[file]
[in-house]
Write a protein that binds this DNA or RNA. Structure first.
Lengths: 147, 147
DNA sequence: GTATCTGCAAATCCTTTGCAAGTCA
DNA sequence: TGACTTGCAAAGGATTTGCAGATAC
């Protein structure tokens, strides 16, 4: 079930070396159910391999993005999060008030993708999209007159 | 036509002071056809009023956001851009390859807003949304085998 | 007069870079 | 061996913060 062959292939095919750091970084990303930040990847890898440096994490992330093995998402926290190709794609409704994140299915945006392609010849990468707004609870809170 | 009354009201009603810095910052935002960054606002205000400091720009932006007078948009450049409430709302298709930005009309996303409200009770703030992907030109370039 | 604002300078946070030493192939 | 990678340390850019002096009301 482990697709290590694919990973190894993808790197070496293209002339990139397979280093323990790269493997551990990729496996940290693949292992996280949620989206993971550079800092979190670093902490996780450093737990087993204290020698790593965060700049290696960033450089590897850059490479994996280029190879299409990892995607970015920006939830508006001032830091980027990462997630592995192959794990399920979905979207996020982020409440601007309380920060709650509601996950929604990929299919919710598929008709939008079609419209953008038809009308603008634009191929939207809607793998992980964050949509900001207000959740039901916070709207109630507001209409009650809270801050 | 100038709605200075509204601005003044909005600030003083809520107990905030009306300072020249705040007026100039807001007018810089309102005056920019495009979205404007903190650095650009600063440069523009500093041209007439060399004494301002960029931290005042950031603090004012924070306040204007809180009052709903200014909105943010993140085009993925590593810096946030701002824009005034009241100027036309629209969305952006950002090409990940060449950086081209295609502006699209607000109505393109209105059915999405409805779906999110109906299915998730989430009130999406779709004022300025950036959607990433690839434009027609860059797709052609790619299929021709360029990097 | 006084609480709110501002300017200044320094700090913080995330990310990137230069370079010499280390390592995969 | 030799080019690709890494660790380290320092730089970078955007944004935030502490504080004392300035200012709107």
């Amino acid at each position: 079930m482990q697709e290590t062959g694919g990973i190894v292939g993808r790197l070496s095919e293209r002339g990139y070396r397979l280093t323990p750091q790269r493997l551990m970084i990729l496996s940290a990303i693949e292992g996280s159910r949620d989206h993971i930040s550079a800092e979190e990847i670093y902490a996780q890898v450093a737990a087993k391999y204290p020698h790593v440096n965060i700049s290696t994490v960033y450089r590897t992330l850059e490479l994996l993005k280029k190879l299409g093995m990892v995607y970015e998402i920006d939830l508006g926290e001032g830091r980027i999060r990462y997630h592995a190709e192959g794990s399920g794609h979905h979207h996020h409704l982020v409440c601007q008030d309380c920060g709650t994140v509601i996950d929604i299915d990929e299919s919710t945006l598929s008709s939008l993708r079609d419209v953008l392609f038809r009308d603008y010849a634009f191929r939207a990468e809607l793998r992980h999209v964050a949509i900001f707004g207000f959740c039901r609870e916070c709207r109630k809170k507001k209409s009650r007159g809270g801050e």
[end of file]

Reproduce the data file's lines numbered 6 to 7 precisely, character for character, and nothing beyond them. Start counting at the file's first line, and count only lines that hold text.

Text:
């Protein structure tokens, strides 16, 4: 079930070396159910391999993005999060008030993708999209007159 | 036509002071056809009023956001851009390859807003949304085998 | 007069870079 | 061996913060 062959292939095919750091970084990303930040990847890898440096994490992330093995998402926290190709794609409704994140299915945006392609010849990468707004609870809170 | 009354009201009603810095910052935002960054606002205000400091720009932006007078948009450049409430709302298709930005009309996303409200009770703030992907030109370039 | 604002300078946070030493192939 | 990678340390850019002096009301 482990697709290590694919990973190894993808790197070496293209002339990139397979280093323990790269493997551990990729496996940290693949292992996280949620989206993971550079800092979190670093902490996780450093737990087993204290020698790593965060700049290696960033450089590897850059490479994996280029190879299409990892995607970015920006939830508006001032830091980027990462997630592995192959794990399920979905979207996020982020409440601007309380920060709650509601996950929604990929299919919710598929008709939008079609419209953008038809009308603008634009191929939207809607793998992980964050949509900001207000959740039901916070709207109630507001209409009650809270801050 | 100038709605200075509204601005003044909005600030003083809520107990905030009306300072020249705040007026100039807001007018810089309102005056920019495009979205404007903190650095650009600063440069523009500093041209007439060399004494301002960029931290005042950031603090004012924070306040204007809180009052709903200014909105943010993140085009993925590593810096946030701002824009005034009241100027036309629209969305952006950002090409990940060449950086081209295609502006699209607000109505393109209105059915999405409805779906999110109906299915998730989430009130999406779709004022300025950036959607990433690839434009027609860059797709052609790619299929021709360029990097 | 006084609480709110501002300017200044320094700090913080995330990310990137230069370079010499280390390592995969 | 030799080019690709890494660790380290320092730089970078955007944004935030502490504080004392300035200012709107």
């Amino acid at each position: 079930m482990q697709e290590t062959g694919g990973i190894v292939g993808r790197l070496s095919e293209r002339g990139y070396r397979l280093t323990p750091q790269r493997l551990m970084i990729l496996s940290a990303i693949e292992g996280s159910r949620d989206h993971i930040s550079a800092e979190e990847i670093y902490a996780q890898v450093a737990a087993k391999y204290p020698h790593v440096n965060i700049s290696t994490v960033y450089r590897t992330l850059e490479l994996l993005k280029k190879l299409g093995m990892v995607y970015e998402i920006d939830l508006g926290e001032g830091r980027i999060r990462y997630h592995a190709e192959g794990s399920g794609h979905h979207h996020h409704l982020v409440c601007q008030d309380c920060g709650t994140v509601i996950d929604i299915d990929e299919s919710t945006l598929s008709s939008l993708r079609d419209v953008l392609f038809r009308d603008y010849a634009f191929r939207a990468e809607l793998r992980h999209v964050a949509i900001f707004g207000f959740c039901r609870e916070c709207r109630k809170k507001k209409s009650r007159g809270g801050e």